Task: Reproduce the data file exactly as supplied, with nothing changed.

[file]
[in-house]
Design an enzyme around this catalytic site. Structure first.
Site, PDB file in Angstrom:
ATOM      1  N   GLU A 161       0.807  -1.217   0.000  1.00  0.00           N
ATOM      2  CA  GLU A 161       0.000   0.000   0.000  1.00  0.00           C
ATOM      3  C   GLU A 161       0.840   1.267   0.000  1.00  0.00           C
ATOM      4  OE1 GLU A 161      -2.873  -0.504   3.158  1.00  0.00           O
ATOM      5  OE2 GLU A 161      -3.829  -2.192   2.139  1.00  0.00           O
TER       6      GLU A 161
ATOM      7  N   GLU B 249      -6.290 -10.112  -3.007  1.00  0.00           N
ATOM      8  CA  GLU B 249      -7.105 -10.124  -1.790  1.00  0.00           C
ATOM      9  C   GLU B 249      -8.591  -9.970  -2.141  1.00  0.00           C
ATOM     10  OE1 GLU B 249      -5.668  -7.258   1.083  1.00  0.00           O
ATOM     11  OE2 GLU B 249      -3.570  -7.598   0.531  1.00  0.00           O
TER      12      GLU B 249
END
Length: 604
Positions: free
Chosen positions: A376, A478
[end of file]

[in-house]
Design an enzyme around this catalytic site. Structure first.
Site, PDB file in Angstrom:
ATOM      1  N   GLU A 161       0.807  -1.217   0.000  1.00  0.00           N
ATOM      2  CA  GLU A 161       0.000   0.000   0.000  1.00  0.00           C
ATOM      3  C   GLU A 161       0.840   1.267   0.000  1.00  0.00           C
ATOM      4  OE1 GLU A 161      -2.873  -0.504   3.158  1.00  0.00           O
ATOM      5  OE2 GLU A 161      -3.829  -2.192   2.139  1.00  0.00           O
TER       6      GLU A 161
ATOM      7  N   GLU B 249      -6.290 -10.112  -3.007  1.00  0.00           N
ATOM      8  CA  GLU B 249      -7.105 -10.124  -1.790  1.00  0.00           C
ATOM      9  C   GLU B 249      -8.591  -9.970  -2.141  1.00  0.00           C
ATOM     10  OE1 GLU B 249      -5.668  -7.258   1.083  1.00  0.00           O
ATOM     11  OE2 GLU B 249      -3.570  -7.598   0.531  1.00  0.00           O
TER      12      GLU B 249
END
Length: 604
Positions: free
Chosen positions: A376, A478